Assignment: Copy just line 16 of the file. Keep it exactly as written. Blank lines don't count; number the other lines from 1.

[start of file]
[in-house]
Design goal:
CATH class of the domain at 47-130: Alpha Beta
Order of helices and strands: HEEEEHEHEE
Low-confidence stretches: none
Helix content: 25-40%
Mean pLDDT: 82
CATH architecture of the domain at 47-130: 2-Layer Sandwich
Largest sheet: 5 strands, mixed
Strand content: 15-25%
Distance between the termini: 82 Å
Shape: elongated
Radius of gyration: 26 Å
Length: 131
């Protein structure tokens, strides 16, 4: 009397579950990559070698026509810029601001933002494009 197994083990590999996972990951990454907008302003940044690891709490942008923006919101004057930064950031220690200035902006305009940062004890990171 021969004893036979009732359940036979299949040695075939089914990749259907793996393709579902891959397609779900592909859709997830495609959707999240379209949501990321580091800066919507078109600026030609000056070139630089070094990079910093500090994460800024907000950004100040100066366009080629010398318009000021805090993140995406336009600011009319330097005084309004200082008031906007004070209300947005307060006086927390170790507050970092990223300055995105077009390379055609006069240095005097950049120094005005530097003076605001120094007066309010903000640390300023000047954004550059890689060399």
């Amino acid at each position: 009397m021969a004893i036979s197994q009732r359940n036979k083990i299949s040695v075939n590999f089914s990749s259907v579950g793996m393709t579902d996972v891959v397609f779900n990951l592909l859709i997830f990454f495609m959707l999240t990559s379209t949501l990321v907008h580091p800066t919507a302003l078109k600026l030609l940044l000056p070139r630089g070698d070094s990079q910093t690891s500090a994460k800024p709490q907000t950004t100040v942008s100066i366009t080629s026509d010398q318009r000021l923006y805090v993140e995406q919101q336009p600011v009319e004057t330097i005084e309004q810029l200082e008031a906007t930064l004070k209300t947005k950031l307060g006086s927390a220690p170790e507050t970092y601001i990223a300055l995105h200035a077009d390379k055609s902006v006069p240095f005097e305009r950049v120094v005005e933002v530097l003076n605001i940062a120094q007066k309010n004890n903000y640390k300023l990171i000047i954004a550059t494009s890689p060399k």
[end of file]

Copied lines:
């Amino acid at each position: 009397m021969a004893i036979s197994q009732r359940n036979k083990i299949s040695v075939n590999f089914s990749s259907v579950g793996m393709t579902d996972v891959v397609f779900n990951l592909l859709i997830f990454f495609m959707l999240t990559s379209t949501l990321v907008h580091p800066t919507a302003l078109k600026l030609l940044l000056p070139r630089g070698d070094s990079q910093t690891s500090a994460k800024p709490q907000t950004t100040v942008s100066i366009t080629s026509d010398q318009r000021l923006y805090v993140e995406q919101q336009p600011v009319e004057t330097i005084e309004q810029l200082e008031a906007t930064l004070k209300t947005k950031l307060g006086s927390a220690p170790e507050t970092y601001i990223a300055l995105h200035a077009d390379k055609s902006v006069p240095f005097e305009r950049v120094v005005e933002v530097l003076n605001i940062a120094q007066k309010n004890n903000y640390k300023l990171i000047i954004a550059t494009s890689p060399k």